frame.setLocationRelativeTo(null);
                frame.setVisible(true);
            }

        });
    }

    public class TestPane extends JPanel {

        public TestPane() {
            final JComboBox cb = new JComboBox();
            cb.addItem(new SelectableColor("Red", Color.RED));
            cb.addItem(new SelectableColor("Green", Color.GREEN));
            cb.addItem(new SelectableColor("Blue", Color.BLUE));
            cb.setRenderer(new ColorCellRenderer());
            add(cb);
            cb.addActionListener(new ActionListener() {
                @Override
                public void actionPerformed(ActionEvent e) {
                    Object value = cb.getSelectedItem();
                    if (value instanceof SelectableColor) {
                        cb.setBackground(((SelectableColor)value).getColor());
                    } else {
                        cb.setBackground(null);
                    }
                }
            });
            cb.setSelectedItem(null);
        }

    }

    public class SelectableColor {
        private String name;
        private Color color;

        public SelectableColor(String name, Color color) {
            this.name = name;
            this.color = color;
        }

        public String getName() {
            return name;
        }

        public Color getColor() {
            return color;
        }

    }

    public class ColorCellRenderer extends DefaultListCellRenderer {

        @Override
        public Component getListCellRendererComponent(JList<?> list, Object value, int index, boolean isSelected, boolean cellHasFocus) {
            super.getListCellRendererComponent(list, value, index, isSelected, cellHasFocus);
            if (value instanceof SelectableColor) {
                SelectableColor sc = (SelectableColor) value;
                if (!isSelected) {
                    setBackground(sc.getColor());
                    setOpaque(true);
                }
                setText(sc.getName());
            }
            return this;
        }

    }

}

You really should familiarise yourself with Creating A UI with Swing. If that is going over your head, start with Trails covering the basics

share|improve this answer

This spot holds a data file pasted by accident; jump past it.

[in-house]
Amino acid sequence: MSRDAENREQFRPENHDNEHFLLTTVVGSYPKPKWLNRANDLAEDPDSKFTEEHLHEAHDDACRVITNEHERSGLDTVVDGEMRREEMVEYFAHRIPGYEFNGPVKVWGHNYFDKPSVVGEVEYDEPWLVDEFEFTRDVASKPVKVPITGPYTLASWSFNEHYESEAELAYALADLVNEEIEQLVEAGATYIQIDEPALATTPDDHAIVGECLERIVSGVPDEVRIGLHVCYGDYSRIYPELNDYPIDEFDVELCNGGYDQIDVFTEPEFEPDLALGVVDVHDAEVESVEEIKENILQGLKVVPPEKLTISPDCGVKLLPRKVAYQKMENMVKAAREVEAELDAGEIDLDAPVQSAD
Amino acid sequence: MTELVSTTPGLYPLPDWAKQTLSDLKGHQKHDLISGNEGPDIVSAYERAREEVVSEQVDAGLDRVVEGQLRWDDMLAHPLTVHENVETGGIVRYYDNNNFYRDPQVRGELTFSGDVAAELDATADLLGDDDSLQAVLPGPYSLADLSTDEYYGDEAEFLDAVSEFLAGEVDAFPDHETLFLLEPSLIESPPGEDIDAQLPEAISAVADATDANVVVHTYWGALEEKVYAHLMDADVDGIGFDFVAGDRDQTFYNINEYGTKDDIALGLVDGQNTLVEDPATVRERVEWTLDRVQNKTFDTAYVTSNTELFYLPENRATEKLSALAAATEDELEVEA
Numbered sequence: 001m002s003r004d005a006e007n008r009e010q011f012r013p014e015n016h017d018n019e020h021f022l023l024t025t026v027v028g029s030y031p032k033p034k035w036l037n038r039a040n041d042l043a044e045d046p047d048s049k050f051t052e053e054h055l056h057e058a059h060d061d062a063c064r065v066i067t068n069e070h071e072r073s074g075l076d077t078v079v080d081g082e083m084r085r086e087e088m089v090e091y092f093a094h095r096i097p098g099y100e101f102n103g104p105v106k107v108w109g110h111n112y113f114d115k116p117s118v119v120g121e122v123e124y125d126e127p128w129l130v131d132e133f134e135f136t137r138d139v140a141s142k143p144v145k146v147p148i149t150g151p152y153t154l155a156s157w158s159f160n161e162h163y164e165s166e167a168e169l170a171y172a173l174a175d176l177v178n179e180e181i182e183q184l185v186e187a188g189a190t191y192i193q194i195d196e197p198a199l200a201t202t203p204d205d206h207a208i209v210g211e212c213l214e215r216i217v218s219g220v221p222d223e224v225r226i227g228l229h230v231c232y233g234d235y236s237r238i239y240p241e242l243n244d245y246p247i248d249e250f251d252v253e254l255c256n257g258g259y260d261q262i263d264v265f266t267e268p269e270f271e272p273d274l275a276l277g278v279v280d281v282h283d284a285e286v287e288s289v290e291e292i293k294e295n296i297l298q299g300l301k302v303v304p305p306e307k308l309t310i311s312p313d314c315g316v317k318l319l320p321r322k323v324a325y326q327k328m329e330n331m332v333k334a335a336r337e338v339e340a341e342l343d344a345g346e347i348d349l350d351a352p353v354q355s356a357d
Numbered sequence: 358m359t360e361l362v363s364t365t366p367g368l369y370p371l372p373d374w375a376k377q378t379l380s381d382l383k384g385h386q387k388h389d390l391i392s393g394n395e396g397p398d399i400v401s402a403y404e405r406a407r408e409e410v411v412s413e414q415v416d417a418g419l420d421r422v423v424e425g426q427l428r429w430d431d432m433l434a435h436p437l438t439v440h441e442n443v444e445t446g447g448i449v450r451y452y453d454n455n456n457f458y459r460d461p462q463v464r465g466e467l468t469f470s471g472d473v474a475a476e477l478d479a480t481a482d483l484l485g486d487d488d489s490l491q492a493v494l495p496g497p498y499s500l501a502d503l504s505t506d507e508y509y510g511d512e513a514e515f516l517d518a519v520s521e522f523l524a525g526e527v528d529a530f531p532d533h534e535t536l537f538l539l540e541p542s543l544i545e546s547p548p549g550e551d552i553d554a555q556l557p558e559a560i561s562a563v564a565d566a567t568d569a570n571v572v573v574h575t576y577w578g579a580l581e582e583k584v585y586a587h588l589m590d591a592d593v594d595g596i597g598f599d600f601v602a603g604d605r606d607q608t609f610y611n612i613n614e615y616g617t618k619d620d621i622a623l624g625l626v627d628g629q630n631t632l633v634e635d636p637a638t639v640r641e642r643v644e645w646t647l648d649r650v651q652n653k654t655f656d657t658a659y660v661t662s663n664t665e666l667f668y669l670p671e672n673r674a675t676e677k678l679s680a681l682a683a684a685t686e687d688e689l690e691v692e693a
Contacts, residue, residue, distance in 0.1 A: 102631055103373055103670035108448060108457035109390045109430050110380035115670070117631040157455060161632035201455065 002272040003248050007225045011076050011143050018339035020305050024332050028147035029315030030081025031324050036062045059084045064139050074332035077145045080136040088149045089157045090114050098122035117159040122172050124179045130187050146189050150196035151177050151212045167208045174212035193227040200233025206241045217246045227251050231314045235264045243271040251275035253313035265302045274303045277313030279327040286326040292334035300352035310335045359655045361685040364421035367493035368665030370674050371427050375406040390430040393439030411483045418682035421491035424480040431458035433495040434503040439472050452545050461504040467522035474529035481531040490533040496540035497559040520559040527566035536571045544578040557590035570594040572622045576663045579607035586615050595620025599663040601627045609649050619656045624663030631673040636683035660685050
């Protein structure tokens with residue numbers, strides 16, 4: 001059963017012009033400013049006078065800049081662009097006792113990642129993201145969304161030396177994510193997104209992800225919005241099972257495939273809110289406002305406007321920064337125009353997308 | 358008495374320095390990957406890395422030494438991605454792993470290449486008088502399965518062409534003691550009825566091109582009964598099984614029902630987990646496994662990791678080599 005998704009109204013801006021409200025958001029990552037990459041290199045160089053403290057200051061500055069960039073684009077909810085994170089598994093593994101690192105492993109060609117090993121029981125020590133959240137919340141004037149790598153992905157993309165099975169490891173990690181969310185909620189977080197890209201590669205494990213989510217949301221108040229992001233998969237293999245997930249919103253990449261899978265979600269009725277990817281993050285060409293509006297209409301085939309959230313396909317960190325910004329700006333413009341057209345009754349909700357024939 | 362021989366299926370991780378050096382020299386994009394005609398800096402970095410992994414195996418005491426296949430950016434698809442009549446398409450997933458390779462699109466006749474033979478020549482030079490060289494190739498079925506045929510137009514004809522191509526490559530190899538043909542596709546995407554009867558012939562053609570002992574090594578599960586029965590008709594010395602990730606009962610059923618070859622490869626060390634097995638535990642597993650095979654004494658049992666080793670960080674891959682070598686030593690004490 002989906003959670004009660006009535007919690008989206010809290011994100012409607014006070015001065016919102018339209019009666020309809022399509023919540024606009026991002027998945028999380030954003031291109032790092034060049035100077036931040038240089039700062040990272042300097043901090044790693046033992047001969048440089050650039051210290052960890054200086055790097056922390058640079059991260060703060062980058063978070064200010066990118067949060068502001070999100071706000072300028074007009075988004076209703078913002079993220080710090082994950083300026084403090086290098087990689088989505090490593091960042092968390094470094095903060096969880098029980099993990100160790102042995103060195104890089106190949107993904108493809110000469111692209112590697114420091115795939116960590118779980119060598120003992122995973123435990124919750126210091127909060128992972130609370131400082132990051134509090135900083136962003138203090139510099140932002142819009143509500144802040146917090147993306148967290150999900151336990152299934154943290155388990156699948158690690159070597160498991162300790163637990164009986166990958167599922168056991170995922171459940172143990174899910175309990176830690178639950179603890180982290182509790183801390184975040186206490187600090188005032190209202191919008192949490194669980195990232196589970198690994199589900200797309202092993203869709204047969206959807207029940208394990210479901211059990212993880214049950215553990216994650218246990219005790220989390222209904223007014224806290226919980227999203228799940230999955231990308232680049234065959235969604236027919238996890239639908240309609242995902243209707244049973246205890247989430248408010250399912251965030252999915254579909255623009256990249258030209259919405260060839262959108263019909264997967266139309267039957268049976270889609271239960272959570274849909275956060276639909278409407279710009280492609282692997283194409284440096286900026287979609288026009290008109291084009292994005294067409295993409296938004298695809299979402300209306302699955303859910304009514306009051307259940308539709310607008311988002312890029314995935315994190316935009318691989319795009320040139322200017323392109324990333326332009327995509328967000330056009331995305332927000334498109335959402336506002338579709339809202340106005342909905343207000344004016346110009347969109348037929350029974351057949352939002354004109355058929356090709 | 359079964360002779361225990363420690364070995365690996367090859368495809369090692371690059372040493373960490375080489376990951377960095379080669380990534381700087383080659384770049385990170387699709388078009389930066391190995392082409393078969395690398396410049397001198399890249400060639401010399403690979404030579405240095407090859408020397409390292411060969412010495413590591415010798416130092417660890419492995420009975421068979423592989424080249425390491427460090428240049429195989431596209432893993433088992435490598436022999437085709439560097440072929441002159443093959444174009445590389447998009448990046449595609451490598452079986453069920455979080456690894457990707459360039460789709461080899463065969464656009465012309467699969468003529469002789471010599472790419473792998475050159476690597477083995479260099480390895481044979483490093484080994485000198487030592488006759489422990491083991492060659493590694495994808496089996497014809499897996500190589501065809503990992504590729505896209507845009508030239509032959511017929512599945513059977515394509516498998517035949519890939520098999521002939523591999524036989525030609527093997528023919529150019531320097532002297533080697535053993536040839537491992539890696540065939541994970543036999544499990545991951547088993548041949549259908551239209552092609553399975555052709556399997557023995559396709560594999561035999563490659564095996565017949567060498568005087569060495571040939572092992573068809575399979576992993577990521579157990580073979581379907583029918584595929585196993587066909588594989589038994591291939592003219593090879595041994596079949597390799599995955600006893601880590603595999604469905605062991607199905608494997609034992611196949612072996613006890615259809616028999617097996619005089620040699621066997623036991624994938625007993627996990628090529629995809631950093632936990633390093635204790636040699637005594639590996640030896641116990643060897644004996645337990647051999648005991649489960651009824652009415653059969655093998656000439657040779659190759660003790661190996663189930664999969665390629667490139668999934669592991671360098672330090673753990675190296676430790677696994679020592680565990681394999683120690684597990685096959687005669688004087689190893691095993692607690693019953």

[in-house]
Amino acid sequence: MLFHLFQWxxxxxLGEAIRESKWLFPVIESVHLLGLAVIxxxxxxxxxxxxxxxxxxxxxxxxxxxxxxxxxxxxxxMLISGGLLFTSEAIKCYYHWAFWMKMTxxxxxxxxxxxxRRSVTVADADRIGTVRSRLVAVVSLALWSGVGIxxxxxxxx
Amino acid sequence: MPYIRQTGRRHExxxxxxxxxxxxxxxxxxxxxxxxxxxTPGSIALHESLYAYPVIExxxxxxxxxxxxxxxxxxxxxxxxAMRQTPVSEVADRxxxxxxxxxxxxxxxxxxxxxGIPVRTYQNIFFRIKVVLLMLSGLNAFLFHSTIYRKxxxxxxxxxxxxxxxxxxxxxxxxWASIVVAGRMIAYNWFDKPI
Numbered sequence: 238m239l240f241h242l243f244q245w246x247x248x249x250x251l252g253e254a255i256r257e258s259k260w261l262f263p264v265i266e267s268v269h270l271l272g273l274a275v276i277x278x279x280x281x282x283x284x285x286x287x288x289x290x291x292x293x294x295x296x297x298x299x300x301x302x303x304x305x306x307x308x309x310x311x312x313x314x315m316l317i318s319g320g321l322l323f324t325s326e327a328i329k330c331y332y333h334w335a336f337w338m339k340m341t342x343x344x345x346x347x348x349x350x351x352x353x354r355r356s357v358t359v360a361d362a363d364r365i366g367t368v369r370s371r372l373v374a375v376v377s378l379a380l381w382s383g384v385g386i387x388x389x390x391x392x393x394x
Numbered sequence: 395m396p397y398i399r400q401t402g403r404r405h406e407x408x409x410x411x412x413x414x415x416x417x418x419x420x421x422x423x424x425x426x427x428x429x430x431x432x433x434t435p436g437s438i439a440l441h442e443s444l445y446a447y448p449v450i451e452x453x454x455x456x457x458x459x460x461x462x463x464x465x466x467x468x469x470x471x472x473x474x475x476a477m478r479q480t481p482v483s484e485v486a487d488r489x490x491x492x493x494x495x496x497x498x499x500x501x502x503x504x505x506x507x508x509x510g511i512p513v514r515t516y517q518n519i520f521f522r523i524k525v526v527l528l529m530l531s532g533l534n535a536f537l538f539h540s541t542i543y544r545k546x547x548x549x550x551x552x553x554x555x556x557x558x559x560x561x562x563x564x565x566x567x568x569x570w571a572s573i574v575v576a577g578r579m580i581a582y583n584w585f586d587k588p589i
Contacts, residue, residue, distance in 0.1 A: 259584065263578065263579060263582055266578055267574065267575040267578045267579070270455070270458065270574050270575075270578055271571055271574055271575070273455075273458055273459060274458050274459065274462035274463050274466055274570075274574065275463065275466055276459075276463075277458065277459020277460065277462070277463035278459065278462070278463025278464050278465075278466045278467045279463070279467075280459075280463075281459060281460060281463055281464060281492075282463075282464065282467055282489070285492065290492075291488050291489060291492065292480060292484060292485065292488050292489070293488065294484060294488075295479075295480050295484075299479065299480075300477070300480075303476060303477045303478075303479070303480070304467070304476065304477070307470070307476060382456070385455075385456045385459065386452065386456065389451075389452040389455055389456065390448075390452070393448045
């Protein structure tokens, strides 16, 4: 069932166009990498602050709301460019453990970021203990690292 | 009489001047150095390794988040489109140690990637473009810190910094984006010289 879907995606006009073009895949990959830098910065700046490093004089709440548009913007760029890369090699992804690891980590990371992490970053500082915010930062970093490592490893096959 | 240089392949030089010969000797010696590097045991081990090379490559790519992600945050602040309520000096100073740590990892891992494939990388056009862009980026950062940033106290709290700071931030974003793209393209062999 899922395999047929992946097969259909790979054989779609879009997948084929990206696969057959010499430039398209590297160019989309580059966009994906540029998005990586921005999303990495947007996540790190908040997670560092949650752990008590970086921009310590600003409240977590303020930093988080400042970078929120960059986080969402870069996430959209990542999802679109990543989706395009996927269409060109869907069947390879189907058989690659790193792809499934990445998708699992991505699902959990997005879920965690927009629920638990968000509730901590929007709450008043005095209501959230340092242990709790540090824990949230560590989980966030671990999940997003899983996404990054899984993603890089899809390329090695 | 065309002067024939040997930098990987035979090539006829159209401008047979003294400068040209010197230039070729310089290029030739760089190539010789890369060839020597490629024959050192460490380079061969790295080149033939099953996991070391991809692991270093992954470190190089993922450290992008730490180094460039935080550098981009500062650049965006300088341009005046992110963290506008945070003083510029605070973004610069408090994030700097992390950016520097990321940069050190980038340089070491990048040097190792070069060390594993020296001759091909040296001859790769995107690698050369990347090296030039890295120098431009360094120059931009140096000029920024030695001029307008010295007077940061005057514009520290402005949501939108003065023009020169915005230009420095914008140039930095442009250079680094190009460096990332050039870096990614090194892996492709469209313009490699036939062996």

Wow clearly I'm in over my head on this work. I guess I need to read over some of the sources provided for me. Thanks for all your effort and input on this assignment. –  Elizabeth Turner Apr 14 '13 at 4:16

You need to set contentPane's background, not JFrame background. Then, you can't use Color.getColor to retrieve your color object for this case. See this

This is the working code:

import java.awt.Choice;
import java.awt.Color;
import java.awt.FlowLayout;
import java.awt.Label;
import java.awt.event.ItemEvent;
import java.awt.event.ItemListener;
import java.lang.reflect.Field;

import javax.swing.JFrame;

public class Colors  extends JFrame implements ItemListener

{
    Choice chooseColor = new Choice();
    Label lblQts = new Label("Choose color you like : ");

    public Colors (String title) {
        super(title);
        setLayout(new FlowLayout());
        chooseColor.addItem("red");
        chooseColor.addItem("green");
        chooseColor.addItem("blue");

        add(lblQts);
        add(chooseColor);

        chooseColor.addItemListener(this);
    }

    public void itemStateChanged(ItemEvent e) {
        String c;
        Color color;
        c = chooseColor.getSelectedItem();              
        try {
            Field field = Class.forName("java.awt.Color").getField(c);
            color = (Color)field.get(null);
        } catch (Exception ex) {
            color = null; // Not defined
        }    
        getContentPane().setBackground(color);

    }

    public static void main(String[] args) {

        Colors  objColor = new Colors ("Color Chooser");
        objColor.setDefaultCloseOperation(JFrame.EXIT_ON_CLOSE);
        objColor.setSize(400, 400);
        objColor.setVisible(true);

    }
}
share|improve this answer
    
Why bother with reflection? Why not simply map the String values to a Color with some sort of Map? –  MadProgrammer Apr 14 '13 at 3:29